medicines and Vaccines
Why intellectual property matters?
Intellectual Property Rights are at the heart of our biopharma industry innovation. They provide key incentives for research and development of new medicines and the improvement of existing ones.
Our industry plays a key role in providing the world with the medicines and vaccines that save and improve the lives of people around the world. A sound intellectual property environment is a key factor that attracts innovation because it provides innovators with a level of much-needed legal certainty.
The biopharmaceutical R&D process witnesses significant risks and costs because success is never guaranteed. On average, only 1 in 5 of our products ever get back their direct R&D investments. Intellectual property rights, whether patents, copyrights, trademarks, or trade secrets, help innovators to recover the sunk costs of research that did not make it to the market. Sound intellectual property protection allows inventors to focus on R&D with the promise they can enjoy the outcome of their labour.
The goal of most intellectual property is: to promote innovation through securing exclusive rights for a limited time, and to disseminate knowledge to the public through incentives for inventors to disclose their inventions. However, regulatory obligations, which apply, for example, to agro-chemicals and pharmaceuticals, often affect intellectual property terms. Thus, intellectual property policies should also reflect R&D and regulatory timelines. To a certain extent, data exclusivity alleviates some of this pressure, but in many circumstances a significant lead time between patent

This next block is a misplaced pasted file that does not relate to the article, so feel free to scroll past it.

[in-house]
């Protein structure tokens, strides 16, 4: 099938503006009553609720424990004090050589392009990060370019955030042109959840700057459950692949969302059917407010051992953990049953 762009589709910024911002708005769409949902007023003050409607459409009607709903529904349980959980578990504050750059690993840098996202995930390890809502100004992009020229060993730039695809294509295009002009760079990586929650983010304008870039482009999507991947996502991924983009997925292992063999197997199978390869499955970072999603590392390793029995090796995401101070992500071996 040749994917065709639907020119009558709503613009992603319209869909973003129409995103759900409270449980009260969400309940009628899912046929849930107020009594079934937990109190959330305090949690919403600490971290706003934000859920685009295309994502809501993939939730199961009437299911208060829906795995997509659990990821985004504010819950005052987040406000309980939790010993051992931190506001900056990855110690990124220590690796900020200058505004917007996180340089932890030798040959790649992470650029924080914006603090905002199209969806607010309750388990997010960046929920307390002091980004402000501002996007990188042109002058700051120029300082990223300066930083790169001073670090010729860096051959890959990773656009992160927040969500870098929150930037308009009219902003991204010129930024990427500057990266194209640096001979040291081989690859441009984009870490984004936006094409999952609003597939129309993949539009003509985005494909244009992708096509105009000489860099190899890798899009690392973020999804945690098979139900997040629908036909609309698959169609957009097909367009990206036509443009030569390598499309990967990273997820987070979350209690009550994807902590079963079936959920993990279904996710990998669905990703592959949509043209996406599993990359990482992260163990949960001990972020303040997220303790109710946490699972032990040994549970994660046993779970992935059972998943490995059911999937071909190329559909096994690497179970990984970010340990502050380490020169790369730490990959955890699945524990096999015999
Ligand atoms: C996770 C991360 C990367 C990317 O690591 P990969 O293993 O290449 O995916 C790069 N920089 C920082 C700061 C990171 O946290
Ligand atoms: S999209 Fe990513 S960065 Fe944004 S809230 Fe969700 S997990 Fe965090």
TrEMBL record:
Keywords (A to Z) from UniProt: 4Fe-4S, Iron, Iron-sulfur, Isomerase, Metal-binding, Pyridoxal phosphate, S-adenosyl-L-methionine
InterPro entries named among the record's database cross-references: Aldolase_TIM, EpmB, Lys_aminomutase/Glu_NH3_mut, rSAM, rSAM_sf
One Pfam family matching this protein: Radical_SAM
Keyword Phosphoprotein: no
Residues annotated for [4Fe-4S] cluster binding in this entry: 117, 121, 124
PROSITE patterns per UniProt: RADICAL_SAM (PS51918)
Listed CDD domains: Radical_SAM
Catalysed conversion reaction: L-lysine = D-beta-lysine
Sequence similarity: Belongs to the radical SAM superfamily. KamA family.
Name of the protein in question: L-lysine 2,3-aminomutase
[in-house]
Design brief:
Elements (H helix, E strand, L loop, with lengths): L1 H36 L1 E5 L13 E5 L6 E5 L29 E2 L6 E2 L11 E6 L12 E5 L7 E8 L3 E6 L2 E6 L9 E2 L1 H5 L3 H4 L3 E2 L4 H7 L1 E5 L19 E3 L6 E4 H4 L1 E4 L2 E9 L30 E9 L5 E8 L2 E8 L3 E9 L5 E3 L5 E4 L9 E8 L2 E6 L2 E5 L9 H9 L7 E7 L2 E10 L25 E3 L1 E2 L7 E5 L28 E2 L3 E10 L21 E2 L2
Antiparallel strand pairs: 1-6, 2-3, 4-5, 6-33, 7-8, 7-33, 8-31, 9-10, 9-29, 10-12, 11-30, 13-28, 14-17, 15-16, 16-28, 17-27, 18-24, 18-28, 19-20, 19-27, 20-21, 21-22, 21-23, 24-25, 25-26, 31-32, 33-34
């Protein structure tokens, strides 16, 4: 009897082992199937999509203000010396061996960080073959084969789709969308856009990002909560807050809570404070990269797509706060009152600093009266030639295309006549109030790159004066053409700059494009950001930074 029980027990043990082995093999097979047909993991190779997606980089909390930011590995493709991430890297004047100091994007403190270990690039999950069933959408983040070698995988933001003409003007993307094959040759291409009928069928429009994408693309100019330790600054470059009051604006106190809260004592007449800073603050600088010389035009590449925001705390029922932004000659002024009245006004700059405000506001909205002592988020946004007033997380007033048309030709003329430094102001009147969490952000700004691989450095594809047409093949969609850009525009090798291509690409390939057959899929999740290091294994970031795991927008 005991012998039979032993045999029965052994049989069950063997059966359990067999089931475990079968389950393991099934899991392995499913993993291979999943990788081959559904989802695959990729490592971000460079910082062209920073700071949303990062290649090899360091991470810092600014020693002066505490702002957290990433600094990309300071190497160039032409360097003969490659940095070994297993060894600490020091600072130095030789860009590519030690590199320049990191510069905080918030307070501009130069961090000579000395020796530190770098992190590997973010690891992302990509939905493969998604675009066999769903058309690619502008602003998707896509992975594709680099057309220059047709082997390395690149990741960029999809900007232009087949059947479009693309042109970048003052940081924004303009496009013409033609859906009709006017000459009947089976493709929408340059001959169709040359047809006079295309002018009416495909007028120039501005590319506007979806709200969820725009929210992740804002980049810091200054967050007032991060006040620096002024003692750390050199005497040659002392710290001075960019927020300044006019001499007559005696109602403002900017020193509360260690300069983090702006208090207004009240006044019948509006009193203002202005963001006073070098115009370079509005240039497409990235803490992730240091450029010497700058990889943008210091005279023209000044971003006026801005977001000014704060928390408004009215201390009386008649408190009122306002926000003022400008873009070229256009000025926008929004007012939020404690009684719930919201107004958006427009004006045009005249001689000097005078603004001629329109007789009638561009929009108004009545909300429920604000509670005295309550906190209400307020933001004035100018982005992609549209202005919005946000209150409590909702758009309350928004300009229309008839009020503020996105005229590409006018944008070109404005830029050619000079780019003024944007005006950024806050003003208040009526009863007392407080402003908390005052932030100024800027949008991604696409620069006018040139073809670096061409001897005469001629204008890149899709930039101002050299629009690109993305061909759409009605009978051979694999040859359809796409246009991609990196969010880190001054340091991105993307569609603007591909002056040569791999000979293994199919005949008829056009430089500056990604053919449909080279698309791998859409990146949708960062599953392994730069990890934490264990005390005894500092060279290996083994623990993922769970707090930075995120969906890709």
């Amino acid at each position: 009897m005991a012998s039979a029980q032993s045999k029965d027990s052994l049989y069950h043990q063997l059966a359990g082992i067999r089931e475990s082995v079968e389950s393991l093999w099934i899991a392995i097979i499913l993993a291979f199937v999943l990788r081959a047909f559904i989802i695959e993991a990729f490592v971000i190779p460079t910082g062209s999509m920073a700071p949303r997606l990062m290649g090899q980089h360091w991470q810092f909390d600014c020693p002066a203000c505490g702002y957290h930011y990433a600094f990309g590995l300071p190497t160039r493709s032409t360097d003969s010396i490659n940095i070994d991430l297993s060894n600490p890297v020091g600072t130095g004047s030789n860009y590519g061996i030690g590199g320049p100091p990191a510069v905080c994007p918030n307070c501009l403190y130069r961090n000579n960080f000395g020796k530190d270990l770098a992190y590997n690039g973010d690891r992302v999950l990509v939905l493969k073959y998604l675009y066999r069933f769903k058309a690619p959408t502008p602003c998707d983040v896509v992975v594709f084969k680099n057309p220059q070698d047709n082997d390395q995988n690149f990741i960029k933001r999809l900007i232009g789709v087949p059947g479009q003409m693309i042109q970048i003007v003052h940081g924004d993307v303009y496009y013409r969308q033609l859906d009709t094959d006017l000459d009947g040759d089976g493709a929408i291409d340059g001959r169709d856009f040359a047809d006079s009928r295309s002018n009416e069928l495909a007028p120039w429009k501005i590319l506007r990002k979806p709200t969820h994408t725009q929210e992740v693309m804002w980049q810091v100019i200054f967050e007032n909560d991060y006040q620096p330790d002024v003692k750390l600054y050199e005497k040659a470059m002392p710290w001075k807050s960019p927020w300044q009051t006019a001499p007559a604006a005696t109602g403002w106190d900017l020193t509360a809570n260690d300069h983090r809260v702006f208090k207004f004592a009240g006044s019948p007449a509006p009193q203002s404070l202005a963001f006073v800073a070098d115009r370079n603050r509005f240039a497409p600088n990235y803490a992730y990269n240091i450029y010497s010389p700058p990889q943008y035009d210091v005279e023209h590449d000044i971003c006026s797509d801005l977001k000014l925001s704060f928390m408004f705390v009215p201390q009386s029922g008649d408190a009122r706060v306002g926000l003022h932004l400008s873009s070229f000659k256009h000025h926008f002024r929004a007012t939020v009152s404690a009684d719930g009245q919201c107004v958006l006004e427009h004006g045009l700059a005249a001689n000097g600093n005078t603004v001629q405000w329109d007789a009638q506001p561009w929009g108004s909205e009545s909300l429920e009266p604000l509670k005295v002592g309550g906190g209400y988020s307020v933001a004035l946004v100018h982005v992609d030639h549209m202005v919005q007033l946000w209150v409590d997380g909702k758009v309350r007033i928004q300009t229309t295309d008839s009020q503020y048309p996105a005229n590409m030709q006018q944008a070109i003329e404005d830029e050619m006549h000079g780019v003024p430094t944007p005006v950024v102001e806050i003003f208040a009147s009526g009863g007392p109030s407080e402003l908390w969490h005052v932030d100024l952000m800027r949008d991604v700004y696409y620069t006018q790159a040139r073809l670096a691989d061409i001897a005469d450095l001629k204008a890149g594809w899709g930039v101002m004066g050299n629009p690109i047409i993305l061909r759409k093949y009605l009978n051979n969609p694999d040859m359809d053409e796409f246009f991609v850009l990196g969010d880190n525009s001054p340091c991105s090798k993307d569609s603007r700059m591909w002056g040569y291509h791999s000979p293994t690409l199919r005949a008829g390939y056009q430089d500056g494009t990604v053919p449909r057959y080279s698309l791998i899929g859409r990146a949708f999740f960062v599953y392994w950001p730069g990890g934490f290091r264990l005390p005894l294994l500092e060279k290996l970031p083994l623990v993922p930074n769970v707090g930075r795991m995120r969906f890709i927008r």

filing and regulatory approval still exists. Recognizing this gap, some governments have provided mechanisms to retrieve time lost to delays. Restoration of patent terms due to regulatory delay, sometimes referred to as patent term extension (PTE), is one mechanism, applicable only for inventions that are subject to regulatory market approval.
The contemporary approach to biopharmaceutical research, through networks and partnerships, allows our companies to benefit from the expertise developed by various research groups. A specific R&D project can be sourced to a number of teams, working in-house or in other organizations. However, in and out licensing of technologies requires a certain level of economic and legal certainty. Sound intellectual property policies help alleviate some of this uncertainty.
Medical technologies that benefit patients and manufacturers alike are possible only with huge R&D investments and the protection of intellectual property that make those investments feasible. The key to sustaining continued access to new drugs relies therefore in sharing risks and rewards; the need for certainty comes from the long and risky R&D process that is an inherent part of our industry.
USD 141 Billion
what industry spent in 2015 for R&D
novel medicines approved by FDA alone in 2015
medicines in development for cancer